It’s a brand-new year for the Keystone State, and with a new year comes new regulations. The state continually tries to make the streets safer for all drivers and pedestrians as the statistics for motor vehicle accidents remains grim. Whether it is from negligent motorists or the state’s unpredictable weather patterns, Pennsylvanians must continue to warrant caution on the roads.
The newer laws passed for the year cover multiple areas instead of just covering one major recurring problem, so drivers should remember what the state’s new policies are on all of these issues in case they ever find themselves in these difficult situations.
Stricter DUI policies
Pennsylvania was one of the more lenient states when it came to DUI penalties. Prior to last year, all the state counted all DUI offenses as misdemeanors. This did not bode well for those victimized by drunk drivers. They felt the guilty parties were not receiving the right amount of fines and jail time they deserve.
Thanks to the new law passed in October, drivers will be charged with a felony if it is their third DUI offense with a BAC of 0.16 or higher and for subsequent arrests. Additionally, the state extended prison time for those motorists that unintentionally cause the death of a passenger or pedestrian in the process. The lawmakers are hoping these new policies will discourage more people from getting behind the wheel intoxicated.
School bus cameras
There were multiple noteworthy school bus deaths throughout the nation in the latter half of 2018. Negligent motorists that did not stop when the bus put out the stop arm while they were on the opposite lane caused most of these fatalities. Even if a driver passes by and doesn’t hit anyone, they might go too fast for the bus driver to catch their license plate. The consequences could be severe if these drivers continue to go unpunished.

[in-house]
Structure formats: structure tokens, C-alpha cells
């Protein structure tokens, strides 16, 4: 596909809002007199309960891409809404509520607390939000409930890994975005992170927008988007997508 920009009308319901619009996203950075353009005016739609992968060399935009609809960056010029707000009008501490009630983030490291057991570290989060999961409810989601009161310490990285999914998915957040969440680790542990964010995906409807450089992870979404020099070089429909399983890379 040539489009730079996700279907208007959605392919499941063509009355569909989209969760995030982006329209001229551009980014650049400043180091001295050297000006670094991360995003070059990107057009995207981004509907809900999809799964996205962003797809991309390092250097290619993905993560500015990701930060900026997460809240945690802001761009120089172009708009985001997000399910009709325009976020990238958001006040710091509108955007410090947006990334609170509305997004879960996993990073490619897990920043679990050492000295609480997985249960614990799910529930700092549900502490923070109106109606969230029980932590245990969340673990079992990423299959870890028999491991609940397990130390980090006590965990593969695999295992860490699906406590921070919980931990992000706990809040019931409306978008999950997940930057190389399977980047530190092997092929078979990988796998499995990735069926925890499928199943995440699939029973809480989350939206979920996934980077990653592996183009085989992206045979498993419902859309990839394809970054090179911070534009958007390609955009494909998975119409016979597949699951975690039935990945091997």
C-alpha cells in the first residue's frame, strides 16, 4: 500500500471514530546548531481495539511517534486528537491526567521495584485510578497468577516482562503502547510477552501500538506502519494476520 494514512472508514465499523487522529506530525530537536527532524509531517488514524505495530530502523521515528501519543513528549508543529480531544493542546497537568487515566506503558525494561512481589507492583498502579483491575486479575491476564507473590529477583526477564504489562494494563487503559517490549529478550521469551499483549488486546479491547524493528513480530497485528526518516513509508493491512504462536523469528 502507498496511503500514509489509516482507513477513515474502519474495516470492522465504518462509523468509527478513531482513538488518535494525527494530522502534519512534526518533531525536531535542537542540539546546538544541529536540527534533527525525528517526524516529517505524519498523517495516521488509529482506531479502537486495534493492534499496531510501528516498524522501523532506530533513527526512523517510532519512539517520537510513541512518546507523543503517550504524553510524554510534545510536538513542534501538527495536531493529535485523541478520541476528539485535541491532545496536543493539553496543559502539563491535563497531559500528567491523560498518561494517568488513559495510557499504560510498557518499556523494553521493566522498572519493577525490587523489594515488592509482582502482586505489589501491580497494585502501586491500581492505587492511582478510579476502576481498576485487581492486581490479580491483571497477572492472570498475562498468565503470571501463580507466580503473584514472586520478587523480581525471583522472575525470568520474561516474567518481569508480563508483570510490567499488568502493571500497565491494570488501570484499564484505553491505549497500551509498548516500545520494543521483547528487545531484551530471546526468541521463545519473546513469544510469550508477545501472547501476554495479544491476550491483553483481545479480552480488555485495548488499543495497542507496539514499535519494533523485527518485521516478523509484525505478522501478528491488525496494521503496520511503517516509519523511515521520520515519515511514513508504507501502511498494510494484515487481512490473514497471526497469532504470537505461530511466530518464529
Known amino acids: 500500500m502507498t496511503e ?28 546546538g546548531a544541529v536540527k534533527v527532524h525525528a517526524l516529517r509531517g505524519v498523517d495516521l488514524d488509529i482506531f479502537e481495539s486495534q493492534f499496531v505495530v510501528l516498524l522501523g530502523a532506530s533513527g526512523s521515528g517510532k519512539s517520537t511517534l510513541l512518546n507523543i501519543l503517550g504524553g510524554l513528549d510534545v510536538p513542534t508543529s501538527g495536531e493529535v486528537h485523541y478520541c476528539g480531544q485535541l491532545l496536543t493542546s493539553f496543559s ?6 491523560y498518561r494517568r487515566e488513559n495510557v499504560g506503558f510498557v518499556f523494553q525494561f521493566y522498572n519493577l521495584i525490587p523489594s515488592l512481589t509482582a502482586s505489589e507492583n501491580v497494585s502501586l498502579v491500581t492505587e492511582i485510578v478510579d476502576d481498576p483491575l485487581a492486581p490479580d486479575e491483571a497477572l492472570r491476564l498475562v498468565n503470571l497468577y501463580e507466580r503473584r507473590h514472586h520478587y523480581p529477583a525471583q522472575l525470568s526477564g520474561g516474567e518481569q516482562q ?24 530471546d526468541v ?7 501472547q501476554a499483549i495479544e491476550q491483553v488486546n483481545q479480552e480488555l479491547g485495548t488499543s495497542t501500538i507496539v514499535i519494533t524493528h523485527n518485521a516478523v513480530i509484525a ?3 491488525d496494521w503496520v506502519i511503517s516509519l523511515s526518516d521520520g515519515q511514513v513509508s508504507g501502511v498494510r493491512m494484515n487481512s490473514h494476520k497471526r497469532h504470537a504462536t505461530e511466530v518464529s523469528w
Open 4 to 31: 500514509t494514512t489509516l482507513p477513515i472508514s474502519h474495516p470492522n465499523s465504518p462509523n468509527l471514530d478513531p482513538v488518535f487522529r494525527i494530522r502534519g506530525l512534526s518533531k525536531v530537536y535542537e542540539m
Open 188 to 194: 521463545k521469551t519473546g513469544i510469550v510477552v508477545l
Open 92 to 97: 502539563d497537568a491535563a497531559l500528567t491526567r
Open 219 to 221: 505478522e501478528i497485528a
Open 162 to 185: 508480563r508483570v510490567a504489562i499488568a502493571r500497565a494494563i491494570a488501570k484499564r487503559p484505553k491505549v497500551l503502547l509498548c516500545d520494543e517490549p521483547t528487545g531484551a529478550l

Governor Tom Brown sought to fix that by signing Senate Bill 1098, which will provide funding and allow for more outside cameras on the bus’s stop arm. While it is still optional for schools to do, having more districts take part in this would rightfully punish those that do not obey the law and put the lives of children and other drivers in danger.
Rescuing pets from a trapped vehicle has always been a gray area, but lawmakers are hoping this new regulation can simplify the process. Law enforcement now has ability to break and enter in a locked vehicle if they see a dog or cat inside and will not be liable for the damage. This not only makes legal proceedings more straightforward, but it also reminds citizens to not leave their pets in the car during extreme temperatures during the winter or summer. Private citizens are not covered under this regulation and can still get sued if they attempt to break in to free a pet.
While these new laws are designed to minimize car deaths throughout the state, only time will tell whether they will do good for the people of Pennsylvania. Those who want clarification on these new rules or are facing an upcoming legal battle over a motor vehicle accident should seek legal advice to see how they should proceed.